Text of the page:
Mystery grows in China over deadly knife attacks on train commuters

  • Article by: STUART LEAVENWORTH , McClatchy New Service
  • Updated: March 3, 2014 - 9:05 PM

China says it has made arrests but hasn’t released identities or other details.

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Armed policemen and paramilitary policemen patrol a street near the Kunming Railway Station, where more than 10 assailants slashed scores of people with knives Saturday evening, in Kunming, in southwestern China’s Yunnan province, Monday, March 3, 2014. Twenty-nine slash victims and four attackers were killed and 143 people wounded in the attack which officials said was a terrorist assault by ethnic separatists from the far west.

Photo: Alexander F. Yuan • Associated Press,

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– Chinese authorities have said late Monday that they had arrested three more suspects in Saturday’s deadly bloodbath in southern China, an attack they hinted earlier in the day was linked to international terrorist groups.

Both claims were difficult to verify, deepening the mystery of how a handful of assailants, armed with only knives and sabers, managed to kill 29 train commuters and injure more than 140 others.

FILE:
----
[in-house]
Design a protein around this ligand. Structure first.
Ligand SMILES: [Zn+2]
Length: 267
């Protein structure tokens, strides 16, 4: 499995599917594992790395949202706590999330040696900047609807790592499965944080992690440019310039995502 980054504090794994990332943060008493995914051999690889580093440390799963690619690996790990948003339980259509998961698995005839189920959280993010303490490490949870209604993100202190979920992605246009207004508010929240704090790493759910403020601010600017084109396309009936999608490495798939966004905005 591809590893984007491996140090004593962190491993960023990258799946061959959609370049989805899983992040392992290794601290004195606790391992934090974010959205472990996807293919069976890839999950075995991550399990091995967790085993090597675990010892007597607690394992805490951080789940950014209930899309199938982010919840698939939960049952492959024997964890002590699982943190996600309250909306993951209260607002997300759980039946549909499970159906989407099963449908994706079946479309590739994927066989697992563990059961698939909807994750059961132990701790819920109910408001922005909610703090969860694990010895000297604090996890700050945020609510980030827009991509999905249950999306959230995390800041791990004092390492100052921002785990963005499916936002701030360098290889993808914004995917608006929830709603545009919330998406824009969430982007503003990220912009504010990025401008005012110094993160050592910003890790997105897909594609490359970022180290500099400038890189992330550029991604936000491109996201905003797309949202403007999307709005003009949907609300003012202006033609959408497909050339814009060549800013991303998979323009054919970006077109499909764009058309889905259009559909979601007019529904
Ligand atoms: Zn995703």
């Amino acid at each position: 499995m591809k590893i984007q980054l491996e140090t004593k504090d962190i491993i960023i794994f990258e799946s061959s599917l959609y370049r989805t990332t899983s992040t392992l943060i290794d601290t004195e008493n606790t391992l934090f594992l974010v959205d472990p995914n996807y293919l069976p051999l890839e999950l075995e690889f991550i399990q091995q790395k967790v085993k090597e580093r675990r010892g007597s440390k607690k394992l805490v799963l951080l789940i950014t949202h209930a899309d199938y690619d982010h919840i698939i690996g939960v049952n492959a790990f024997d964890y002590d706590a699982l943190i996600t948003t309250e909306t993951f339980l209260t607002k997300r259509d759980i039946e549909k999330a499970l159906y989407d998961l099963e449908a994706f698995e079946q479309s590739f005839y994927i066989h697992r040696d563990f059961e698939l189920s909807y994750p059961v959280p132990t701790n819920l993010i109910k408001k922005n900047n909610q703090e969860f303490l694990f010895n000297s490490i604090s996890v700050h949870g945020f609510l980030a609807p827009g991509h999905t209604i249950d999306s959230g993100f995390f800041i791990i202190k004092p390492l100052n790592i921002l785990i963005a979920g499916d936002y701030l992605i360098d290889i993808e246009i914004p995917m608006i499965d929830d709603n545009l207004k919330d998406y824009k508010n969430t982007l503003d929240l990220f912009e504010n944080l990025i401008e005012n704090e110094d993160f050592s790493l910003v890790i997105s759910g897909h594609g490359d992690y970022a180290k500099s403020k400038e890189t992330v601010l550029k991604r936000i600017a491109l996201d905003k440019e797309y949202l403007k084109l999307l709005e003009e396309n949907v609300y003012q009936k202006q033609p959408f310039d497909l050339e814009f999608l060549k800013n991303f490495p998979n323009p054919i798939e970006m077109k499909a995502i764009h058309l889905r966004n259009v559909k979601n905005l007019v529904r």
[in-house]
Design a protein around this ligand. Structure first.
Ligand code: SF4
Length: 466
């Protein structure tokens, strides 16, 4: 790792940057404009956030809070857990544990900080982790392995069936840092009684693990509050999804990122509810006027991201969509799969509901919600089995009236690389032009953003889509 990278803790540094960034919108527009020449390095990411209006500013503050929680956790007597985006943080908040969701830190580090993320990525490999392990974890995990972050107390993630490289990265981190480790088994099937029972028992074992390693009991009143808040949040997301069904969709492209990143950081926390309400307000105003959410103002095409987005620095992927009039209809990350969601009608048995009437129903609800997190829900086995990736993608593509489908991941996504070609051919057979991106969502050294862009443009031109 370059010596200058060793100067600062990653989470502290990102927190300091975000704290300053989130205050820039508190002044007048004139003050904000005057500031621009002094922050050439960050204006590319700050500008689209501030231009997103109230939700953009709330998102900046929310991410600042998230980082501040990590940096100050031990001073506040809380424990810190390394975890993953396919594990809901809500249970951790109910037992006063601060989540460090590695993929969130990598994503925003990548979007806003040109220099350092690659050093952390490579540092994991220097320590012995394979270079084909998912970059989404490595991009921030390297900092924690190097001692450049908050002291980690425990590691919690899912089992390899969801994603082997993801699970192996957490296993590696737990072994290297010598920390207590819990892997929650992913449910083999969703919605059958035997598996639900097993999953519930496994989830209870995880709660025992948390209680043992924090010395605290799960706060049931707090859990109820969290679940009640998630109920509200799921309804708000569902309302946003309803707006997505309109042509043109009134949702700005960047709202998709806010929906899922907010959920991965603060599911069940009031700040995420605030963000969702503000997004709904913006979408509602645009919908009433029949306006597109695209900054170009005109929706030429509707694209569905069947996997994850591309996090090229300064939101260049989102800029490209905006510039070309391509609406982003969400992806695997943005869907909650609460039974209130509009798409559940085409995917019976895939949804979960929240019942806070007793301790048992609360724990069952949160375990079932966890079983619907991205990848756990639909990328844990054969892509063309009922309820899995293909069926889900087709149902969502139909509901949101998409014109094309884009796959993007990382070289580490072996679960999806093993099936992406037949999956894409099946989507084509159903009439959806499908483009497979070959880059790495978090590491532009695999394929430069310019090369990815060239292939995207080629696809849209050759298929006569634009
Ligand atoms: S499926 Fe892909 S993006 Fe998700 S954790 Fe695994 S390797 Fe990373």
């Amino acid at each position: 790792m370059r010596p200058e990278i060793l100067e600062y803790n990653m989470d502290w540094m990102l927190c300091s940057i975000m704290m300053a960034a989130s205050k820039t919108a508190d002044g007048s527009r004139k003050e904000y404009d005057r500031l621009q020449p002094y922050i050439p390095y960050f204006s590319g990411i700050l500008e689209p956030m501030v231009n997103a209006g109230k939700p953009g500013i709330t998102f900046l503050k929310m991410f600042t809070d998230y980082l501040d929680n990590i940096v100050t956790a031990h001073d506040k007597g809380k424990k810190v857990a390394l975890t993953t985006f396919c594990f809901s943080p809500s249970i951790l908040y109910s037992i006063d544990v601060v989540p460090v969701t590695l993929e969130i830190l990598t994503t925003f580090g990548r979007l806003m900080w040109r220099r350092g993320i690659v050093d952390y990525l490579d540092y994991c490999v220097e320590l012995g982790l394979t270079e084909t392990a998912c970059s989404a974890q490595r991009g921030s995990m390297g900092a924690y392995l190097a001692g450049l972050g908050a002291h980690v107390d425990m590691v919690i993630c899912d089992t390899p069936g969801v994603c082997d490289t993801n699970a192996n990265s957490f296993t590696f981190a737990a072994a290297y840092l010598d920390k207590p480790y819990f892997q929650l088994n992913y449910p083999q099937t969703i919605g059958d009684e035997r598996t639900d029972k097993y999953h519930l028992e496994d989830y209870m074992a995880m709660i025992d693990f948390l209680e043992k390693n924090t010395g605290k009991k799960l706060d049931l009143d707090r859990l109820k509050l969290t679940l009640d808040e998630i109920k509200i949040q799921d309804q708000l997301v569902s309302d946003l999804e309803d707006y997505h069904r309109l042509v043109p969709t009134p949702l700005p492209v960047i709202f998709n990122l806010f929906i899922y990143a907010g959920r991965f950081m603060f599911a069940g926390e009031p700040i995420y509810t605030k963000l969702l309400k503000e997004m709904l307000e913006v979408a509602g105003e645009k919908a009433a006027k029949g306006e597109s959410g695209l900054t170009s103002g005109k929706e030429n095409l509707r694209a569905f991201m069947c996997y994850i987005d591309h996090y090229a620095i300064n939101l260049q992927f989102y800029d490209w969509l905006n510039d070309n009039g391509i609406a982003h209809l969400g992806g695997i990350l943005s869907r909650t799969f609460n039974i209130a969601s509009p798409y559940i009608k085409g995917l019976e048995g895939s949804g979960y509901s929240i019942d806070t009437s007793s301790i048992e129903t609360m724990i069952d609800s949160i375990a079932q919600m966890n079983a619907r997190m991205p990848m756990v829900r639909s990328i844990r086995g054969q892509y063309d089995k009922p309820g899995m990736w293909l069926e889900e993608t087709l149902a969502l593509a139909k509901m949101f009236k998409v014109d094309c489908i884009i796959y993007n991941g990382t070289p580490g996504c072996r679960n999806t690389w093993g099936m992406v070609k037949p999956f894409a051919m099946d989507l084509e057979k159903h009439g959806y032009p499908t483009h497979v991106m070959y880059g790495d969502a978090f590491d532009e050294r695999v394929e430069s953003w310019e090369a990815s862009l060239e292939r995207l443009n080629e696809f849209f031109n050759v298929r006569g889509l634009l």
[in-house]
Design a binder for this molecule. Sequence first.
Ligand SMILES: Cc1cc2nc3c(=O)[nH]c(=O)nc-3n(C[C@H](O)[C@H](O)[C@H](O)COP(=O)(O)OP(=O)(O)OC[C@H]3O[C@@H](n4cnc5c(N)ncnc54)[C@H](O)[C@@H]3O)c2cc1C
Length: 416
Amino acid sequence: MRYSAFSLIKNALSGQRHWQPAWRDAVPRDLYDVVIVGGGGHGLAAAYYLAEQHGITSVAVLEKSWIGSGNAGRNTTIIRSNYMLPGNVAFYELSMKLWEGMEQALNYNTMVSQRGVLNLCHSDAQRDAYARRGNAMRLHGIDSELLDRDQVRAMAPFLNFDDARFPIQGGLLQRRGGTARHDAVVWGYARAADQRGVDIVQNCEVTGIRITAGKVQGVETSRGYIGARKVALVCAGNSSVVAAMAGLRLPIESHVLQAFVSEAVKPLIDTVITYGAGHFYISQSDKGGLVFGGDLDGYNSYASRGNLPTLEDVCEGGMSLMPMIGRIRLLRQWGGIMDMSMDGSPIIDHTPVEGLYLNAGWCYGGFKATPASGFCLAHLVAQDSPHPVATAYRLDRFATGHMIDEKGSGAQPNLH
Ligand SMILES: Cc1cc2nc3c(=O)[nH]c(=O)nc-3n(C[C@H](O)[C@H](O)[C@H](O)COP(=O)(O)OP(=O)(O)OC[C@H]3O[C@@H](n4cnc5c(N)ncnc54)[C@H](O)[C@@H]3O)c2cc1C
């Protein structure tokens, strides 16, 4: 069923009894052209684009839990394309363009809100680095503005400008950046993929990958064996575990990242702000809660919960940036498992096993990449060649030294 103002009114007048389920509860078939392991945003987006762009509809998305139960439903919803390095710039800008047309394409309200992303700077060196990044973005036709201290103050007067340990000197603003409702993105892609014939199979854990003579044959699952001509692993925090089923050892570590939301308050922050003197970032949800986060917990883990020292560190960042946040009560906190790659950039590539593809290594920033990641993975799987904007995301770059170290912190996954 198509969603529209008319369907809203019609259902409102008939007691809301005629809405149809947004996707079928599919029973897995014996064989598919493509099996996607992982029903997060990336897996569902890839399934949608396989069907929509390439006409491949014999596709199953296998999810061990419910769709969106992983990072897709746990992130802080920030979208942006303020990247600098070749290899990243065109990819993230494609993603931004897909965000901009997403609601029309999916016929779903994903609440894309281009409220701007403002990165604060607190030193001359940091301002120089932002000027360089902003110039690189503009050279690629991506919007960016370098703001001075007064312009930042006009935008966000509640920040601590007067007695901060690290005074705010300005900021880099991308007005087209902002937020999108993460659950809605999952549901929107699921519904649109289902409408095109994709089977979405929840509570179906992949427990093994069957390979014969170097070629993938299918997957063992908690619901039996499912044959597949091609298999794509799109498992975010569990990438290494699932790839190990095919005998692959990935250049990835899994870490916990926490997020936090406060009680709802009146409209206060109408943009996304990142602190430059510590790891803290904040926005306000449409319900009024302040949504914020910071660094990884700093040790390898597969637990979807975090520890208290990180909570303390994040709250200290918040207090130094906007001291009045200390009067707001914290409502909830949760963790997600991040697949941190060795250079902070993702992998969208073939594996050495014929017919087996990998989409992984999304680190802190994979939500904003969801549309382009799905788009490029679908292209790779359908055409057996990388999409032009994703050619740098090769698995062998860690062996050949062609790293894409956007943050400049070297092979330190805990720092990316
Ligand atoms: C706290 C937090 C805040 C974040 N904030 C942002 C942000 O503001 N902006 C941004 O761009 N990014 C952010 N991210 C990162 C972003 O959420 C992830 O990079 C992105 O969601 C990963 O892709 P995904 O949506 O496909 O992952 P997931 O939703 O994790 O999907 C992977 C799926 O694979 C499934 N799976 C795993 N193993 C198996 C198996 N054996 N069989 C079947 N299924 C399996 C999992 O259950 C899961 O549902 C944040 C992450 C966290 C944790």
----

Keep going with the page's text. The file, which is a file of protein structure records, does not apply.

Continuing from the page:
Since news of the train station attack broke Saturday from the southern city of Kunming, the Chinese public has responded with both sympathy for the victims and calls for harsh retribution against those who carried out the attacks.

‘Whole new level’

As of late Monday, however, Chinese authorities had not made public the identities of four assailants initially killed, another one quickly captured or three others reported arrested on Monday. Nor have they detailed why Kunming police have linked the suspects to “separatists” in China’s far western Xinjiang region, where police and the local Muslim population — known as Uighurs — have clashed for years.

Dru Gladney, a professor at California’s Pomona College who specializes in Central Asia, said China has offered little evidence to back up a link to Xinjiang militants. If a link is confirmed, he said, it would represent a significant change in tactics and planning among Uighur militants, whose attacks generally have been aimed at Xinjiang police, not civilians in other parts of China.

“Assuming this is confirmed, it represents a whole new level of planning and complexity than what we have seen in the past,” Gladney said. “It really ups the ante.”

‘A despicable trend’

The Kunming attack follows a deadly Beijing incident in October, when three Uighurs drove a jeep into a crowd at Tiananmen Square, killing two and injuring 40 before setting the vehicle on fire, killing themselves. “The latest attacks in Beijing and Kunming have clearly indicated a despicable trend that separatists are targeting civilians out of Xinjiang,” said a commentary Sunday on the English-language website of the Global Times, a state-run newspaper.

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